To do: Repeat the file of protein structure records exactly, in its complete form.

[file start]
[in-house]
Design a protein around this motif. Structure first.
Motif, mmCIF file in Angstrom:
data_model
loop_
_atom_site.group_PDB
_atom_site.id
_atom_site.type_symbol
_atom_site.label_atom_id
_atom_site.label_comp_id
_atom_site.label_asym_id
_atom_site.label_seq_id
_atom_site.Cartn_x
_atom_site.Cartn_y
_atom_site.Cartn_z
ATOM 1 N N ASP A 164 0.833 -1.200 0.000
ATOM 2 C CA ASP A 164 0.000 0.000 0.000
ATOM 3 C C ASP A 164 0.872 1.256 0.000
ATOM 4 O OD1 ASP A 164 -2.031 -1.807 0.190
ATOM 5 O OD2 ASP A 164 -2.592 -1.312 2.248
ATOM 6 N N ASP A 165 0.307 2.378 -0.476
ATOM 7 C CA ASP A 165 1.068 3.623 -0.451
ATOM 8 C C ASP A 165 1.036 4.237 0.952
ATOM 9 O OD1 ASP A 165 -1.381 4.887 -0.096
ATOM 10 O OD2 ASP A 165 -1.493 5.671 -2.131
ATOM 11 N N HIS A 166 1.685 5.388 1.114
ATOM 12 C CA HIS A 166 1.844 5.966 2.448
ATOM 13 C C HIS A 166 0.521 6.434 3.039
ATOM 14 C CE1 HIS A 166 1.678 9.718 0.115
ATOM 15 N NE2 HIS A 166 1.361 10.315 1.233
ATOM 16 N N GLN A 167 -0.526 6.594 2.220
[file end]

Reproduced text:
[in-house]
Design a protein around this motif. Structure first.
Motif, mmCIF file in Angstrom:
data_model
loop_
_atom_site.group_PDB
_atom_site.id
_atom_site.type_symbol
_atom_site.label_atom_id
_atom_site.label_comp_id
_atom_site.label_asym_id
_atom_site.label_seq_id
_atom_site.Cartn_x
_atom_site.Cartn_y
_atom_site.Cartn_z
ATOM 1 N N ASP A 164 0.833 -1.200 0.000
ATOM 2 C CA ASP A 164 0.000 0.000 0.000
ATOM 3 C C ASP A 164 0.872 1.256 0.000
ATOM 4 O OD1 ASP A 164 -2.031 -1.807 0.190
ATOM 5 O OD2 ASP A 164 -2.592 -1.312 2.248
ATOM 6 N N ASP A 165 0.307 2.378 -0.476
ATOM 7 C CA ASP A 165 1.068 3.623 -0.451
ATOM 8 C C ASP A 165 1.036 4.237 0.952
ATOM 9 O OD1 ASP A 165 -1.381 4.887 -0.096
ATOM 10 O OD2 ASP A 165 -1.493 5.671 -2.131
ATOM 11 N N HIS A 166 1.685 5.388 1.114
ATOM 12 C CA HIS A 166 1.844 5.966 2.448
ATOM 13 C C HIS A 166 0.521 6.434 3.039
ATOM 14 C CE1 HIS A 166 1.678 9.718 0.115
ATOM 15 N NE2 HIS A 166 1.361 10.315 1.233
ATOM 16 N N GLN A 167 -0.526 6.594 2.220